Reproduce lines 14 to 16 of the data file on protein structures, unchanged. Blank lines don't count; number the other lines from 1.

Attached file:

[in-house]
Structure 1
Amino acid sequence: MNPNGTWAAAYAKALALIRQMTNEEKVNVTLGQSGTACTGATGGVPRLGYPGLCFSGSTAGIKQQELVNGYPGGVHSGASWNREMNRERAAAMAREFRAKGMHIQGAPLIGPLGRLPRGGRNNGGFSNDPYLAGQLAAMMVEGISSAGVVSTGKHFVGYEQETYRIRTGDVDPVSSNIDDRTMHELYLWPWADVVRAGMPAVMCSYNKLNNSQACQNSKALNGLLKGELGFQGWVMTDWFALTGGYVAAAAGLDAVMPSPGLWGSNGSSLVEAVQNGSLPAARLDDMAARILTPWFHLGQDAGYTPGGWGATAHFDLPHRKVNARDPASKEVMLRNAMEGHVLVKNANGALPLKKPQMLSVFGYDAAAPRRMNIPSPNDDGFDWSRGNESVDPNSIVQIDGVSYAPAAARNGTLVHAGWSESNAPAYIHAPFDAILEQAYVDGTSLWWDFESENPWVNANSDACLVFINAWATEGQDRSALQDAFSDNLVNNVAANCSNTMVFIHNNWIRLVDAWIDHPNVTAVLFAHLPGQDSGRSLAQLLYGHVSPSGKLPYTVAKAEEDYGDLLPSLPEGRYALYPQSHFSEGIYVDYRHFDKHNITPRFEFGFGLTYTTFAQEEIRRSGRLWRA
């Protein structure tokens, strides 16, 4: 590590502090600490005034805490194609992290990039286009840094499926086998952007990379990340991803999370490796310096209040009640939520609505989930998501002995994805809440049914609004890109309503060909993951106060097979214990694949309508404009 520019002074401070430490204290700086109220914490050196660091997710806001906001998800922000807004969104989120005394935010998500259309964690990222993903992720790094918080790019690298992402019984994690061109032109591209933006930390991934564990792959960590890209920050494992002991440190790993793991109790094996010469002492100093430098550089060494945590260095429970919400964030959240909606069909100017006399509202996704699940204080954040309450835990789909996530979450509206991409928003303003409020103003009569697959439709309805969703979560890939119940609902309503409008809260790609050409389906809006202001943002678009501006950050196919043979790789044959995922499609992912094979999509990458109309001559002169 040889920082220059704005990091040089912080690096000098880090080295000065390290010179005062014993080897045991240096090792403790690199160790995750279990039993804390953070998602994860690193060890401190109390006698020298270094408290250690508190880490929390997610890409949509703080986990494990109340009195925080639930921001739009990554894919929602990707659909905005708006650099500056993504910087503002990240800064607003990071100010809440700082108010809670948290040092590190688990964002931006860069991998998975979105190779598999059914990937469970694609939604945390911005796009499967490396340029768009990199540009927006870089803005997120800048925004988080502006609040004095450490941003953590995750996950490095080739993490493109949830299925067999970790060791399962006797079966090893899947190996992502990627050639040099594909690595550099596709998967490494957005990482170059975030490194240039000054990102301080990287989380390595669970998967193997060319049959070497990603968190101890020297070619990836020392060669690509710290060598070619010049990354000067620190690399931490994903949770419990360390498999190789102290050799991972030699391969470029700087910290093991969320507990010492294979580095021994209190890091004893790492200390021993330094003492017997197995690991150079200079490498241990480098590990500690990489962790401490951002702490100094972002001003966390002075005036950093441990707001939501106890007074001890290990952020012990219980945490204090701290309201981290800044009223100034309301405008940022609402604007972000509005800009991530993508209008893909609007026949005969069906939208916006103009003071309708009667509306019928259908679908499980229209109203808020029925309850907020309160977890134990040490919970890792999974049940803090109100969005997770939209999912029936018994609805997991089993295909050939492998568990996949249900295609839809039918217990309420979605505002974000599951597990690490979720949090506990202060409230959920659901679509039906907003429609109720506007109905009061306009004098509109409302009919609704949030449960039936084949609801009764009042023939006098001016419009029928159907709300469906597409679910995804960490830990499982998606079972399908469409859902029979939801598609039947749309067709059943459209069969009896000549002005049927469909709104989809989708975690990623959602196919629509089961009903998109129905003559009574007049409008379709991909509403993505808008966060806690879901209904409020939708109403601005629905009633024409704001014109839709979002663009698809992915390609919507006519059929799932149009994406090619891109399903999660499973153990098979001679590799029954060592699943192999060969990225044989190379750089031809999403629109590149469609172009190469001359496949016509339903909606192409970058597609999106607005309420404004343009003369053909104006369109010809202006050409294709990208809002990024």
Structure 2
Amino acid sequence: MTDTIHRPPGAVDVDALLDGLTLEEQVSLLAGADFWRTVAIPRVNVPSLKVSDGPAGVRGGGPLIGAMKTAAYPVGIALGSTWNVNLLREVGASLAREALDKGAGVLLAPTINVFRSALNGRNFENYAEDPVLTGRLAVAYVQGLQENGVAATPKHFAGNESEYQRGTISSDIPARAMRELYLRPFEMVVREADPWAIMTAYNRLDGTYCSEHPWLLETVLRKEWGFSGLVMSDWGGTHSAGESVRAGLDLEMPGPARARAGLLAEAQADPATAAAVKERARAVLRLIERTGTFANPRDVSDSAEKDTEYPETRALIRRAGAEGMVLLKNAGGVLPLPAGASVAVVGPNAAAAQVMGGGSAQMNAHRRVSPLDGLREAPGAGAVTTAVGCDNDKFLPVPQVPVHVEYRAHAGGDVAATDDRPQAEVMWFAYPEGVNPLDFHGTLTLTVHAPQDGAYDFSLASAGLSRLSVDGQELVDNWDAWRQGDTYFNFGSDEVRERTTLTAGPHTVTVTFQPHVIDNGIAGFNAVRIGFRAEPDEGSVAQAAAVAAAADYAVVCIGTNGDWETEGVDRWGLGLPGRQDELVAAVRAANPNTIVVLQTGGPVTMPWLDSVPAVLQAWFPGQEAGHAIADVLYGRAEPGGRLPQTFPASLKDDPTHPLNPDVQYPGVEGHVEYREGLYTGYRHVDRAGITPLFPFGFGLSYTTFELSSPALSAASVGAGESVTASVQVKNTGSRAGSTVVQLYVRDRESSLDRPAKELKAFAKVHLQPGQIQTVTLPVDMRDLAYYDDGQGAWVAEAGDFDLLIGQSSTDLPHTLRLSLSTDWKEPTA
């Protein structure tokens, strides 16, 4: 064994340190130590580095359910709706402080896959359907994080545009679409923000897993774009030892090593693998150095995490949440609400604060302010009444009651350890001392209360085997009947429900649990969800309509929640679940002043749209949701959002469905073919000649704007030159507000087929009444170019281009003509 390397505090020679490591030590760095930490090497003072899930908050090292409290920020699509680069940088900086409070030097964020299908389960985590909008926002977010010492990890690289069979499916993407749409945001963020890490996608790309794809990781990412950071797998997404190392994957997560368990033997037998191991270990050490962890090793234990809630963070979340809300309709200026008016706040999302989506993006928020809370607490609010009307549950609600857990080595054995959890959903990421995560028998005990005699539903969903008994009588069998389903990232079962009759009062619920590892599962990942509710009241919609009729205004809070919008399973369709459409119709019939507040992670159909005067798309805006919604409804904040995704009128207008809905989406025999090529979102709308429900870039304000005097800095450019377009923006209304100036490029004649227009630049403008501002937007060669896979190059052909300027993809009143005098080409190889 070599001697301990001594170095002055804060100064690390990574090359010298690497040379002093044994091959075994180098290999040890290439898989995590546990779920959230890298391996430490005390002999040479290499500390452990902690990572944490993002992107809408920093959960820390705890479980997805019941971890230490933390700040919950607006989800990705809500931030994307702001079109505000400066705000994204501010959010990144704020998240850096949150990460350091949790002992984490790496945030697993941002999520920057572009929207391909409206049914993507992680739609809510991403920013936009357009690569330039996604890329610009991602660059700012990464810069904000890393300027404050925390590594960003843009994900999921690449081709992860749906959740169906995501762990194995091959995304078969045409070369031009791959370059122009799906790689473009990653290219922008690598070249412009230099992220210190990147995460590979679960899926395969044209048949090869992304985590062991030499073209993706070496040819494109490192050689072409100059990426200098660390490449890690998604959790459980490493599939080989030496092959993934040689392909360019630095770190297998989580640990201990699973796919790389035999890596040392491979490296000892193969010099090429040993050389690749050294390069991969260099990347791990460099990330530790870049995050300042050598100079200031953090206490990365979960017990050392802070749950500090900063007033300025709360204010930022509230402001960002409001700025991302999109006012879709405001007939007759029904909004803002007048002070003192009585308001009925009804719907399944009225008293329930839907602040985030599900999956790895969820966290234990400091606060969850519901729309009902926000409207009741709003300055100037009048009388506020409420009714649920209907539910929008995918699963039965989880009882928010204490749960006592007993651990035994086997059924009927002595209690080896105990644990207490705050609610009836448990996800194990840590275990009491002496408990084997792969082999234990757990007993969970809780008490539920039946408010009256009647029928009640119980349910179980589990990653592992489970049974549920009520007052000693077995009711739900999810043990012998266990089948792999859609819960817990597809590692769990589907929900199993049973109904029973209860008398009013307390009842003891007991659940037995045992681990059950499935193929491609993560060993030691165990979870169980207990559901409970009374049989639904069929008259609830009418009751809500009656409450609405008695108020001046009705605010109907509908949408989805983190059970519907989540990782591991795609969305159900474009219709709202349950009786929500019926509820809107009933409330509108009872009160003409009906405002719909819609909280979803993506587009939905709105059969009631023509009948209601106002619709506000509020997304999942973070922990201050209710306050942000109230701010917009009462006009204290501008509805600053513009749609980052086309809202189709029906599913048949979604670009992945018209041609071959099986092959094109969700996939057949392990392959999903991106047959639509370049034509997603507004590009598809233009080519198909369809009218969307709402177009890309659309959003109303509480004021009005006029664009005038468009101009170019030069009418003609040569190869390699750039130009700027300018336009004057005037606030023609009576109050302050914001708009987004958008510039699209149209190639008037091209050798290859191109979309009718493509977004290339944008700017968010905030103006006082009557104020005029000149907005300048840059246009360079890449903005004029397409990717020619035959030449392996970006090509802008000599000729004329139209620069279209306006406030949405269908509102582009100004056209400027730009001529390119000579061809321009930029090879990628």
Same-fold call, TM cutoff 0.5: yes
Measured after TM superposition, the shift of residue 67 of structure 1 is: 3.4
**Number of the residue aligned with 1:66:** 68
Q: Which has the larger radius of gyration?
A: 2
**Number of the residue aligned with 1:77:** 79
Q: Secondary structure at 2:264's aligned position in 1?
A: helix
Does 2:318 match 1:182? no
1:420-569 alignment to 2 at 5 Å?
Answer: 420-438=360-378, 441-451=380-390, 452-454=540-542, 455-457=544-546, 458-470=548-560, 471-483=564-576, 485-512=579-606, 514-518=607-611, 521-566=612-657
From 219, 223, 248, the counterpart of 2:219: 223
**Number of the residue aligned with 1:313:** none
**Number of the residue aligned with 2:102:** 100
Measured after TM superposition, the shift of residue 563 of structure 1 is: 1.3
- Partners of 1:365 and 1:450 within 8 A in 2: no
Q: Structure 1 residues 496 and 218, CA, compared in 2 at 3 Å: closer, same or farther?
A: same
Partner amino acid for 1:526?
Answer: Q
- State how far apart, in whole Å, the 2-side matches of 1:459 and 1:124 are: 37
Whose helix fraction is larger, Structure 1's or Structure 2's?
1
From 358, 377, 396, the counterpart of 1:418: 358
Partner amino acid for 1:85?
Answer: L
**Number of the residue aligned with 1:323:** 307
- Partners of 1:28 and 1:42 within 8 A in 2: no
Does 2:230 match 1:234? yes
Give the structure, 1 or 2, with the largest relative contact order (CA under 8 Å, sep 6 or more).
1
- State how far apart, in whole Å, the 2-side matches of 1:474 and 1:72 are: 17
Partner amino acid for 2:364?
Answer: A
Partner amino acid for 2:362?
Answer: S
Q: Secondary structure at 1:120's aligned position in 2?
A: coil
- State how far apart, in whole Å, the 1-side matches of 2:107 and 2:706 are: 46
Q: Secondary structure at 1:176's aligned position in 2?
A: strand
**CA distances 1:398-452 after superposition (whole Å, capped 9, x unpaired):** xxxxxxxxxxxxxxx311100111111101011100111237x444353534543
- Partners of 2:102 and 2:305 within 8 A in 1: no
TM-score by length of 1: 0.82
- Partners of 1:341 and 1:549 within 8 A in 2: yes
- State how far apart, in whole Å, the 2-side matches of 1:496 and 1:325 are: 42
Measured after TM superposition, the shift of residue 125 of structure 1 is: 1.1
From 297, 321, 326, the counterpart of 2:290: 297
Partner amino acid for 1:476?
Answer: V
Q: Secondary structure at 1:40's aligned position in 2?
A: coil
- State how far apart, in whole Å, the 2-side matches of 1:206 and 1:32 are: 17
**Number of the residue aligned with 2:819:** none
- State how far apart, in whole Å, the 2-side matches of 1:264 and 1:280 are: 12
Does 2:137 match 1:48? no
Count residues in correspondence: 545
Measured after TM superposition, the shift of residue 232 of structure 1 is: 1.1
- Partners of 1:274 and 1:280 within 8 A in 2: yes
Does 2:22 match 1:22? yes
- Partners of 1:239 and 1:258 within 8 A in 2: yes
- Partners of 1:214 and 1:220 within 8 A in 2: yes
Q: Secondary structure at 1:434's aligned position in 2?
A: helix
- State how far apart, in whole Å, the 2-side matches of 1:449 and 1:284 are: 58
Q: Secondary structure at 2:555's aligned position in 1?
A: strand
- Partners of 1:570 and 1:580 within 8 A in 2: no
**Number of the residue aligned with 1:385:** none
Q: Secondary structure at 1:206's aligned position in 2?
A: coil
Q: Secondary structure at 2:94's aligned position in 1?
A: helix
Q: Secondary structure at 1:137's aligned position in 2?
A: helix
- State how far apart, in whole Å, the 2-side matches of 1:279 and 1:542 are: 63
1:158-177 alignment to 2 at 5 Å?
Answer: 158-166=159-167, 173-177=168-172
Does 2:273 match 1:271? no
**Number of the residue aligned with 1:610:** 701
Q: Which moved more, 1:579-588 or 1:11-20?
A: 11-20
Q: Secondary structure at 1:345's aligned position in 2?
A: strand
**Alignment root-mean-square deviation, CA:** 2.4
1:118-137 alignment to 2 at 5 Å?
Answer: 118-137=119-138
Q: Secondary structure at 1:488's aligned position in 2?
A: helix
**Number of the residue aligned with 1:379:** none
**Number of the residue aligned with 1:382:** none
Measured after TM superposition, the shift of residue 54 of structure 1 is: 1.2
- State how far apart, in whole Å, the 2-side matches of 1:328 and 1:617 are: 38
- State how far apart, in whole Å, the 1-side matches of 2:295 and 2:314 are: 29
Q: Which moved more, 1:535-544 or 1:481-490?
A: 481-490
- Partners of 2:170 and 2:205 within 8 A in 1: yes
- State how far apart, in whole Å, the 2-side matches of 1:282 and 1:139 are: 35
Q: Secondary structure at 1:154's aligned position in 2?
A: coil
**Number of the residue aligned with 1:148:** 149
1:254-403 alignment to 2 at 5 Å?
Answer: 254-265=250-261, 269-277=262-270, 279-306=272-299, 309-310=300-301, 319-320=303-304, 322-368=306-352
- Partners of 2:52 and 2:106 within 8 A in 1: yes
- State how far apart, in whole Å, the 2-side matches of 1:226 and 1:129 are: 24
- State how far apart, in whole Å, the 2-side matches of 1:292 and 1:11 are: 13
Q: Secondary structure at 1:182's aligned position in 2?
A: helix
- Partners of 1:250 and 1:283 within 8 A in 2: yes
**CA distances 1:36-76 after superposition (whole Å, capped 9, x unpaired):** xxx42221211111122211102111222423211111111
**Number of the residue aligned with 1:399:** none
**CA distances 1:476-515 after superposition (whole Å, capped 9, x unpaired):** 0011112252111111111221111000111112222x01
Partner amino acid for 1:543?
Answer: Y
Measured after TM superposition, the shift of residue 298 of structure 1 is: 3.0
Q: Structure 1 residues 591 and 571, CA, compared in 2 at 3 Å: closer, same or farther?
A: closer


Q: Secondary structure at 2:264's aligned position in 1?
A: helix
Does 2:318 match 1:182? no